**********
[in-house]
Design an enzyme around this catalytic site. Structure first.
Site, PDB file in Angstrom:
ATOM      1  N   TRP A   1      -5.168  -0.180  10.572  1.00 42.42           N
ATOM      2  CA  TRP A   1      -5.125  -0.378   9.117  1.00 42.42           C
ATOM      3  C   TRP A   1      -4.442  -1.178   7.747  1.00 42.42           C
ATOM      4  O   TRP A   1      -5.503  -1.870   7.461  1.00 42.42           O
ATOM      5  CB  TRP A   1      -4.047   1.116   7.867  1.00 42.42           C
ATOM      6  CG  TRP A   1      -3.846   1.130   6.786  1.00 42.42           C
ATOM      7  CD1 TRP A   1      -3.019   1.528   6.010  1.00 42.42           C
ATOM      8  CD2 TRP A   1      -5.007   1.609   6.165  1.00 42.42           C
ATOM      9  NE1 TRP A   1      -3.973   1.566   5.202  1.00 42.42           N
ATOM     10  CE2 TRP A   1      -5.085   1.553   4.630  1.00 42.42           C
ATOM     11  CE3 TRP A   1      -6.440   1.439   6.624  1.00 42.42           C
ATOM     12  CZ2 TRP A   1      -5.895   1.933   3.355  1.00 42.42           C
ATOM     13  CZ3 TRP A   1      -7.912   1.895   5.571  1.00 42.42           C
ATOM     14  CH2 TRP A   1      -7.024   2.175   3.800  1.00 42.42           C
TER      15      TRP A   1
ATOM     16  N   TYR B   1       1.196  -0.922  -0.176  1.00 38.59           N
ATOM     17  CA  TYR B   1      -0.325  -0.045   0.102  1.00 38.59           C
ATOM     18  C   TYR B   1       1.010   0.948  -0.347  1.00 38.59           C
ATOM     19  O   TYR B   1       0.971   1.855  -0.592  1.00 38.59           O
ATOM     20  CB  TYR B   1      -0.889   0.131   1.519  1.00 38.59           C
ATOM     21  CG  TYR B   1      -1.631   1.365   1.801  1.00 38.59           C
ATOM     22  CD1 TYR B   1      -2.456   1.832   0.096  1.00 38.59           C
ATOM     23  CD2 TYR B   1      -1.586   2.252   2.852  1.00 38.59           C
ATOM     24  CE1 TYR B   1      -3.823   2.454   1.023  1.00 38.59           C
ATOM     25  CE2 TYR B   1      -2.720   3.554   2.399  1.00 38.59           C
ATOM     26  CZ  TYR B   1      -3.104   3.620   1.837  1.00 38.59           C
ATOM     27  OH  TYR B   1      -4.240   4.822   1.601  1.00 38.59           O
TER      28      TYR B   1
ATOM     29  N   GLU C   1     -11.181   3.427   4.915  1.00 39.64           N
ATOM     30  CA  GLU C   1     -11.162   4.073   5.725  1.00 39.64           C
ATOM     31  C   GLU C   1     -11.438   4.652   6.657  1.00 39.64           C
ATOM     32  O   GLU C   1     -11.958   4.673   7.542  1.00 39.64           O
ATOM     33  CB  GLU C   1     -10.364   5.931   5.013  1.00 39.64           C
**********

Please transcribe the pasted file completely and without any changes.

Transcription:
[in-house]
Design an enzyme around this catalytic site. Structure first.
Site, PDB file in Angstrom:
ATOM      1  N   TRP A   1      -5.168  -0.180  10.572  1.00 42.42           N
ATOM      2  CA  TRP A   1      -5.125  -0.378   9.117  1.00 42.42           C
ATOM      3  C   TRP A   1      -4.442  -1.178   7.747  1.00 42.42           C
ATOM      4  O   TRP A   1      -5.503  -1.870   7.461  1.00 42.42           O
ATOM      5  CB  TRP A   1      -4.047   1.116   7.867  1.00 42.42           C
ATOM      6  CG  TRP A   1      -3.846   1.130   6.786  1.00 42.42           C
ATOM      7  CD1 TRP A   1      -3.019   1.528   6.010  1.00 42.42           C
ATOM      8  CD2 TRP A   1      -5.007   1.609   6.165  1.00 42.42           C
ATOM      9  NE1 TRP A   1      -3.973   1.566   5.202  1.00 42.42           N
ATOM     10  CE2 TRP A   1      -5.085   1.553   4.630  1.00 42.42           C
ATOM     11  CE3 TRP A   1      -6.440   1.439   6.624  1.00 42.42           C
ATOM     12  CZ2 TRP A   1      -5.895   1.933   3.355  1.00 42.42           C
ATOM     13  CZ3 TRP A   1      -7.912   1.895   5.571  1.00 42.42           C
ATOM     14  CH2 TRP A   1      -7.024   2.175   3.800  1.00 42.42           C
TER      15      TRP A   1
ATOM     16  N   TYR B   1       1.196  -0.922  -0.176  1.00 38.59           N
ATOM     17  CA  TYR B   1      -0.325  -0.045   0.102  1.00 38.59           C
ATOM     18  C   TYR B   1       1.010   0.948  -0.347  1.00 38.59           C
ATOM     19  O   TYR B   1       0.971   1.855  -0.592  1.00 38.59           O
ATOM     20  CB  TYR B   1      -0.889   0.131   1.519  1.00 38.59           C
ATOM     21  CG  TYR B   1      -1.631   1.365   1.801  1.00 38.59           C
ATOM     22  CD1 TYR B   1      -2.456   1.832   0.096  1.00 38.59           C
ATOM     23  CD2 TYR B   1      -1.586   2.252   2.852  1.00 38.59           C
ATOM     24  CE1 TYR B   1      -3.823   2.454   1.023  1.00 38.59           C
ATOM     25  CE2 TYR B   1      -2.720   3.554   2.399  1.00 38.59           C
ATOM     26  CZ  TYR B   1      -3.104   3.620   1.837  1.00 38.59           C
ATOM     27  OH  TYR B   1      -4.240   4.822   1.601  1.00 38.59           O
TER      28      TYR B   1
ATOM     29  N   GLU C   1     -11.181   3.427   4.915  1.00 39.64           N
ATOM     30  CA  GLU C   1     -11.162   4.073   5.725  1.00 39.64           C
ATOM     31  C   GLU C   1     -11.438   4.652   6.657  1.00 39.64           C
ATOM     32  O   GLU C   1     -11.958   4.673   7.542  1.00 39.64           O
ATOM     33  CB  GLU C   1     -10.364   5.931   5.013  1.00 39.64           C